(Reuters) - A top SandRidge Energy Inc
Mount Kellett Capital, which holds about 4.5 percent in SandRidge, said in a letter on Thursday that it was reviewing allegations by another investor, TPG-Axon, that Ward and his son acquired mineral rights and sold them to SandRidge or other oil and gas companies at a profit.
It said the company's board should hire an independent law firm and a forensic law firm to look into the allegations, and that Ward should be suspended until completion of the probe.
WCT Resources - an Oklahoma company owned by trusts benefiting Ward's three adult children and run by his son, Trent - is a business partner with SandRidge, according to SEC filings.
The company has paid WCT nearly $5 million since 2008 to lease property controlled by WCT in northern Oklahoma and for royalties on wells operated by SandRidge on the land, according to an analysis of SEC filings.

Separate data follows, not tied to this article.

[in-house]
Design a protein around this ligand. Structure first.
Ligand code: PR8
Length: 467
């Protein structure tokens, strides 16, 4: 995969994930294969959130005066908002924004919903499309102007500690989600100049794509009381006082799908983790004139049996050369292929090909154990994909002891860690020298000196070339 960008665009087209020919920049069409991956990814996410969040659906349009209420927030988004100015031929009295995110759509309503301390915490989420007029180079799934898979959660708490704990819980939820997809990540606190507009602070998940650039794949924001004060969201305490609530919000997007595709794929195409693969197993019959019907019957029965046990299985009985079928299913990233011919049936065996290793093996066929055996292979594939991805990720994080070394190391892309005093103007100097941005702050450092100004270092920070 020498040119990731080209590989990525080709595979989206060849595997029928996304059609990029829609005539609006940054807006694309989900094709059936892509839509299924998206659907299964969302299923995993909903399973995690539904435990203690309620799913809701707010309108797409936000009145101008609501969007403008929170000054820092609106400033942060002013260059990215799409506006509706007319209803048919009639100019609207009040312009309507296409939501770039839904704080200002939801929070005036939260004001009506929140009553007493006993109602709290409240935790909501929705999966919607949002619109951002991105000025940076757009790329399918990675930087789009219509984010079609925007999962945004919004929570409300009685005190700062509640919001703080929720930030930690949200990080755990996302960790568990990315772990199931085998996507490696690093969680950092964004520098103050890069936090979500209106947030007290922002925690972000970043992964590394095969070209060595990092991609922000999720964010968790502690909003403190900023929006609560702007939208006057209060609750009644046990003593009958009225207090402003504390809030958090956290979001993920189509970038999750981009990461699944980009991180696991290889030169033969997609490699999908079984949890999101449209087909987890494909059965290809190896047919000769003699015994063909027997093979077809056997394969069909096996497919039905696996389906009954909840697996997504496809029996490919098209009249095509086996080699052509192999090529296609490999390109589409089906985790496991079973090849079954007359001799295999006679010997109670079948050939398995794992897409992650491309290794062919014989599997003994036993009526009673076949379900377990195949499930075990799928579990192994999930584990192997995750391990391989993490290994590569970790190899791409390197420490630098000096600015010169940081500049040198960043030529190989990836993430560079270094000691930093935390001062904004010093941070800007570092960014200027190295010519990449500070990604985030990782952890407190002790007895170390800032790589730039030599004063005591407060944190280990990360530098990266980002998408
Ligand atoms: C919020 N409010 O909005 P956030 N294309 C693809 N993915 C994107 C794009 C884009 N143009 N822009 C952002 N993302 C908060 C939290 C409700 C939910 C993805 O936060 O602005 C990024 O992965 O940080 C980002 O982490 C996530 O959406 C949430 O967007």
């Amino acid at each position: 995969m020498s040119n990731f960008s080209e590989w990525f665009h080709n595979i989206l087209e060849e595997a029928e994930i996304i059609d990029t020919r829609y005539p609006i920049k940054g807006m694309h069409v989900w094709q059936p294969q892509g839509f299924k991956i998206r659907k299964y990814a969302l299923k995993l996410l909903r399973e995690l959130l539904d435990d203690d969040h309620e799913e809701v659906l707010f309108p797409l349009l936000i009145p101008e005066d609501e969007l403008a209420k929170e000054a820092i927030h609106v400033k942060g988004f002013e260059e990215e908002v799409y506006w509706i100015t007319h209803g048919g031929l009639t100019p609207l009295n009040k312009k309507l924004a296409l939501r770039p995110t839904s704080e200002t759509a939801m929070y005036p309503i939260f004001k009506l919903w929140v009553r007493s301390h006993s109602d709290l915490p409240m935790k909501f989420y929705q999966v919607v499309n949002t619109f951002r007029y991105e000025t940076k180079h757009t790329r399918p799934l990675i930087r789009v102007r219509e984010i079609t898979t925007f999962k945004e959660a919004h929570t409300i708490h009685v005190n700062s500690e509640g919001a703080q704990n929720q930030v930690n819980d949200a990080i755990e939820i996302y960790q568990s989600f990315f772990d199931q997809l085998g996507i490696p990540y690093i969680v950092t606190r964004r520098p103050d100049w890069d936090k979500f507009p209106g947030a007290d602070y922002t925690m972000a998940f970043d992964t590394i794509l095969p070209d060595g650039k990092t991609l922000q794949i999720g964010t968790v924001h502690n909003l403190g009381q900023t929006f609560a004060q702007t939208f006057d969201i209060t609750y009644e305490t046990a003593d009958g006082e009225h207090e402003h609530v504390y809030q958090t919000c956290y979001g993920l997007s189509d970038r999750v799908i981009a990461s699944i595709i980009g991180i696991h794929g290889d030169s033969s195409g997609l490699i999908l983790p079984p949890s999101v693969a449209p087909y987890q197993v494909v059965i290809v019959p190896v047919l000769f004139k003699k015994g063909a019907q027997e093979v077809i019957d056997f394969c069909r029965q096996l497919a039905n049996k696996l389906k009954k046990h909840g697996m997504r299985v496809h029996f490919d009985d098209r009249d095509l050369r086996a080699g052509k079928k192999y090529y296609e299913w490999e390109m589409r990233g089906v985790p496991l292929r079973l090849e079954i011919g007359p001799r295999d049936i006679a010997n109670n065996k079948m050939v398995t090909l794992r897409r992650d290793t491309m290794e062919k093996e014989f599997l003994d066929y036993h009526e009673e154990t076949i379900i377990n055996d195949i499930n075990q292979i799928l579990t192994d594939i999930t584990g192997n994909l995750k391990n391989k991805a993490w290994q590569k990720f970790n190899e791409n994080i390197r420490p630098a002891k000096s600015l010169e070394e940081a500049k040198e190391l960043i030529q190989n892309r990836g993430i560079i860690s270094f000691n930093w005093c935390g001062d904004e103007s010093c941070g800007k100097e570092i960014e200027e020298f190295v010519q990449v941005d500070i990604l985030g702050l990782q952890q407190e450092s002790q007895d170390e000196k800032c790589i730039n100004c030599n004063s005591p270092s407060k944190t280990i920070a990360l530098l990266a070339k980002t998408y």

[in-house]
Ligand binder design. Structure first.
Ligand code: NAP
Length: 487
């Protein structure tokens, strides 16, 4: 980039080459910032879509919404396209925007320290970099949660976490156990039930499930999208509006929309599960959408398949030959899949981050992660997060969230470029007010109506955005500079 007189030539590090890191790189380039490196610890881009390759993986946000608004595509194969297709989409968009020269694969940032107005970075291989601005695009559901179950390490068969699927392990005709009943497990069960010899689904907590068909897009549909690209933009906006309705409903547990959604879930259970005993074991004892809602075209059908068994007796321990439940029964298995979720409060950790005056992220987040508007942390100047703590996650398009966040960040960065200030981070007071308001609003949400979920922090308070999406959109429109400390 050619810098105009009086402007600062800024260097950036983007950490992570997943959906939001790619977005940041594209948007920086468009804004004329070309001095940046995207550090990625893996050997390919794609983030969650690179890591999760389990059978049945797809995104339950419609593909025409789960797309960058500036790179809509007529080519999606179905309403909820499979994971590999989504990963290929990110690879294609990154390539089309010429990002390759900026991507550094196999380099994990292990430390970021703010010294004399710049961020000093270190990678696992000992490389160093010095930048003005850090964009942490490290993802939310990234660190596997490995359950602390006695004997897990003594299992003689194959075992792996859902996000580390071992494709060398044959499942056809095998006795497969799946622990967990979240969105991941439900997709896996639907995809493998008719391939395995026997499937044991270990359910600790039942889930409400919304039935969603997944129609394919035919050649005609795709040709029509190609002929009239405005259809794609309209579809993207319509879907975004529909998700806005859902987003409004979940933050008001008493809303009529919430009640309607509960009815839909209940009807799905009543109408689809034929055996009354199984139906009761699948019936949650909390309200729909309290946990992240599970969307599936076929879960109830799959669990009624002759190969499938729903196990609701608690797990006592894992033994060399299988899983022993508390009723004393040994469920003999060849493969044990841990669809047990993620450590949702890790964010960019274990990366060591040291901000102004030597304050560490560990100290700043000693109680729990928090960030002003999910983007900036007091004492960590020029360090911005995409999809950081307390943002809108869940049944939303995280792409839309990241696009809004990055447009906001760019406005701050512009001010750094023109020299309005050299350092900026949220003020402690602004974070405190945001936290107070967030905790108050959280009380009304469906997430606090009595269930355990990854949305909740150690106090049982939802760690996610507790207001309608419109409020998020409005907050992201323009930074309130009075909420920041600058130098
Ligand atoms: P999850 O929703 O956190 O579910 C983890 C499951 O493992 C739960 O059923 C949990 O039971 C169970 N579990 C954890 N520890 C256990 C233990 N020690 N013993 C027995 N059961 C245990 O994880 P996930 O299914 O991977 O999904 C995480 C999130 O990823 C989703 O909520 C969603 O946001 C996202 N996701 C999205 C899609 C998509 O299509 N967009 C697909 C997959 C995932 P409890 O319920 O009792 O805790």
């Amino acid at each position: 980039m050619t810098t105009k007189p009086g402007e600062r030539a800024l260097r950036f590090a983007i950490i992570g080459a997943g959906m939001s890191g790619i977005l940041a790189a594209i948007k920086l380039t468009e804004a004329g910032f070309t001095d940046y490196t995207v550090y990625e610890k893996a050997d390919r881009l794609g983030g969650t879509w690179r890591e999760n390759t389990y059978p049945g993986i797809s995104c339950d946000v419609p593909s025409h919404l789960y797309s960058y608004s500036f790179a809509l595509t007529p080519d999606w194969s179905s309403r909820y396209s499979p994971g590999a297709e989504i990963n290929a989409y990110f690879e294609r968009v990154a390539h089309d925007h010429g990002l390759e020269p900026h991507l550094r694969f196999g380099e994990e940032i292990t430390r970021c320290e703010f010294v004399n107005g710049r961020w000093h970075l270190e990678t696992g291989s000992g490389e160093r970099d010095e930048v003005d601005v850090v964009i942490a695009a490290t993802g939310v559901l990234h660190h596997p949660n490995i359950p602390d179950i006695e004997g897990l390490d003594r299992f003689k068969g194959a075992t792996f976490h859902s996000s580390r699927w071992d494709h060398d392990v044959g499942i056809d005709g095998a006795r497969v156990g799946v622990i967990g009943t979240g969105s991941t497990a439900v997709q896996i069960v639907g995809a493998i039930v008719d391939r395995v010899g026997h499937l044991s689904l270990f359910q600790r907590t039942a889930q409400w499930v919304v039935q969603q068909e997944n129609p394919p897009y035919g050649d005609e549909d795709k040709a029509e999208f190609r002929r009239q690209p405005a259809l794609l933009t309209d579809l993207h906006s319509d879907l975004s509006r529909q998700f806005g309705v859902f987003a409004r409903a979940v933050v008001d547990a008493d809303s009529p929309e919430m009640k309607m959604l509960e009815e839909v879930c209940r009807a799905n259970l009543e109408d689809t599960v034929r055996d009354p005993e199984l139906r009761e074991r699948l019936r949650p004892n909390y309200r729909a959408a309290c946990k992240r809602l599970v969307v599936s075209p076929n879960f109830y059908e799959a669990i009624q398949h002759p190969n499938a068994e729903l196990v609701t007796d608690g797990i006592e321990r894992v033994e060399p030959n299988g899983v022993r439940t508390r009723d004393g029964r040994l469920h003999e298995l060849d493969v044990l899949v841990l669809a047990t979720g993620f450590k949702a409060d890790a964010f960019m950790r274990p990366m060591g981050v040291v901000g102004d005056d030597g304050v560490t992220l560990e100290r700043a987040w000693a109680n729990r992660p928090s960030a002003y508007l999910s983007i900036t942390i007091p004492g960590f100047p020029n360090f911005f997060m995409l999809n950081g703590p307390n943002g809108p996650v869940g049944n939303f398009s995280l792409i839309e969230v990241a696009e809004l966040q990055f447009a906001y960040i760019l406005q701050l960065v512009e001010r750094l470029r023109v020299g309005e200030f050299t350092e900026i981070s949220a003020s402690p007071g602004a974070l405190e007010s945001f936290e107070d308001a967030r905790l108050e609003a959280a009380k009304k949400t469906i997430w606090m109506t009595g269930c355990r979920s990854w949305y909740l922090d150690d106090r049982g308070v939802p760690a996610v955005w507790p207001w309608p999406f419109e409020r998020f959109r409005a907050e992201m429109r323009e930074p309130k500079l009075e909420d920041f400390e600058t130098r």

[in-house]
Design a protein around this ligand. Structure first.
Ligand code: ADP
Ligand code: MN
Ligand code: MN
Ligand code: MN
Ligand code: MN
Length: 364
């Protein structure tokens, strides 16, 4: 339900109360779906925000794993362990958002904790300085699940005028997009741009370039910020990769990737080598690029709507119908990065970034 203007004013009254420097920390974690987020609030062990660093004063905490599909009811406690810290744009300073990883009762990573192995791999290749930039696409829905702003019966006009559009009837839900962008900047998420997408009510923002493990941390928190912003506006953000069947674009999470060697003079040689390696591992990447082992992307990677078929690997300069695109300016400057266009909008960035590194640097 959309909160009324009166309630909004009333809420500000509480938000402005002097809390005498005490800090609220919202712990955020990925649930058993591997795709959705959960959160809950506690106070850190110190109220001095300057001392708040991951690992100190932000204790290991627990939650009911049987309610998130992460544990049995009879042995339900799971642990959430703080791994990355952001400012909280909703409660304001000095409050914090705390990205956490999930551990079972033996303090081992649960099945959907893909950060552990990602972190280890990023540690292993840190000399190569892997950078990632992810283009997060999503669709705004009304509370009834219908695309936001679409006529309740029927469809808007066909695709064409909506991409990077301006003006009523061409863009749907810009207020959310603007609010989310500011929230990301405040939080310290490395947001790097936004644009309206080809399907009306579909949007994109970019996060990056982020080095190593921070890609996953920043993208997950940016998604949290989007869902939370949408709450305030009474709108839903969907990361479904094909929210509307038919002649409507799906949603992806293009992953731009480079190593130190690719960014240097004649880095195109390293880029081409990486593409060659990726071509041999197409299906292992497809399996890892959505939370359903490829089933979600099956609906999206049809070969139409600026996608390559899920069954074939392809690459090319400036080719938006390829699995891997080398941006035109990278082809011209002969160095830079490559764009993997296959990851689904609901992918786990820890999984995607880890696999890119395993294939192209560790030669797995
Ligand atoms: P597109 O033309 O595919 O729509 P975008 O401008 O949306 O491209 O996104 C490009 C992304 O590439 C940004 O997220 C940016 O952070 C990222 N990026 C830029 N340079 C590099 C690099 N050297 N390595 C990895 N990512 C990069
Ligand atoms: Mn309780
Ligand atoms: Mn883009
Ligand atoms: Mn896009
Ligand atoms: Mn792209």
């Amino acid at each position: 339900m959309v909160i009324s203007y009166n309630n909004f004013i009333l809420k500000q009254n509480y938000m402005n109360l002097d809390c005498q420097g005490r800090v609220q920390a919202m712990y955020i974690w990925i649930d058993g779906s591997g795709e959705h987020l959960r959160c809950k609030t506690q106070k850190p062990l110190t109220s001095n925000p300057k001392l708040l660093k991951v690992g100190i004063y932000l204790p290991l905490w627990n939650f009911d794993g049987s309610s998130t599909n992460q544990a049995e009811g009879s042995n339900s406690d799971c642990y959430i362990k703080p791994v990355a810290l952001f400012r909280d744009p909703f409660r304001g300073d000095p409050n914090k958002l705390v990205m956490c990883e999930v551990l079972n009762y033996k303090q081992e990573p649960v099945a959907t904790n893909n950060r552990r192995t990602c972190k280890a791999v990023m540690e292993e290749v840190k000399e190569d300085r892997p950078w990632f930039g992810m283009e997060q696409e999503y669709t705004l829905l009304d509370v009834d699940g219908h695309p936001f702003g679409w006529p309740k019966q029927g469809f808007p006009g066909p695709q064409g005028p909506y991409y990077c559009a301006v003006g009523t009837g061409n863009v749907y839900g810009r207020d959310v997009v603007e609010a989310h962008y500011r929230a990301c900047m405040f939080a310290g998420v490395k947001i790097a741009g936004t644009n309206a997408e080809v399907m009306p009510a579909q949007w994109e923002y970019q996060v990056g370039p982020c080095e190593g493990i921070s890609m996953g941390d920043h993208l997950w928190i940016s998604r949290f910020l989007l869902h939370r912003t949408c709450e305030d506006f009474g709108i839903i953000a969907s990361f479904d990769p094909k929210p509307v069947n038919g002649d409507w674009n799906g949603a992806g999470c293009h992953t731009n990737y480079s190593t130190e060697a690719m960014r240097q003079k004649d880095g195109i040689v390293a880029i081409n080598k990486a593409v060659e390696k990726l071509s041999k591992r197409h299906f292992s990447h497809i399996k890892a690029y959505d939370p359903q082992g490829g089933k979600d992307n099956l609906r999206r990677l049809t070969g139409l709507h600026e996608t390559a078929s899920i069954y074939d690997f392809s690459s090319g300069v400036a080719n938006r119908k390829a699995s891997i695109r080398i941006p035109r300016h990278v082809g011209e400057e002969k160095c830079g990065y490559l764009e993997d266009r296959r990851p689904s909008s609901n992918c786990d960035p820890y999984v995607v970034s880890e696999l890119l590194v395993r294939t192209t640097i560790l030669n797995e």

Mount Kellett COO Jonathan Fiorella said in the letter that it would "seem reasonable to infer ... that WCT leveraged SandRidge's and Mr. Ward's knowledge of the Mississippian play, at the expense of SandRidge shareholders, to acquire properties at a time when the play was just emerging."
SandRidge is the largest operator and was one of the earliest companies to acquire acreage in the Mississippian - a rock formation that spans northern Oklahoma and southern Kansas. WCT has also acquired land in the region.
Hedge fund TPG-Axon Capital and Mount Kellett have been pressing to replace Ward and the board and to put the company up for sale.
SandRidge could not be immediately reached for comment. The company, which has been searching for a strategy to improve returns, has come under fire from investors because its shares have underperformed peers.
The company, which has shifted its focus from natural gas to oil in reaction to falling natural gas prices, made a steep cut late last year to its estimates on how much oil it believes it can recover from key wells in the Mississippian.
Ward bought into SandRidge's predecessor and took over the company in 2006 after leaving Chesapeake Energy
Chesapeake had to contend with its own governance and performance problems last year, and McClendon has been stripped of his title of chairman of that company as a result.
(Reporting by Michael Erman; Editing by Sriraj Kalluvila, Theodore d'Afflisio and Nick Zieminski)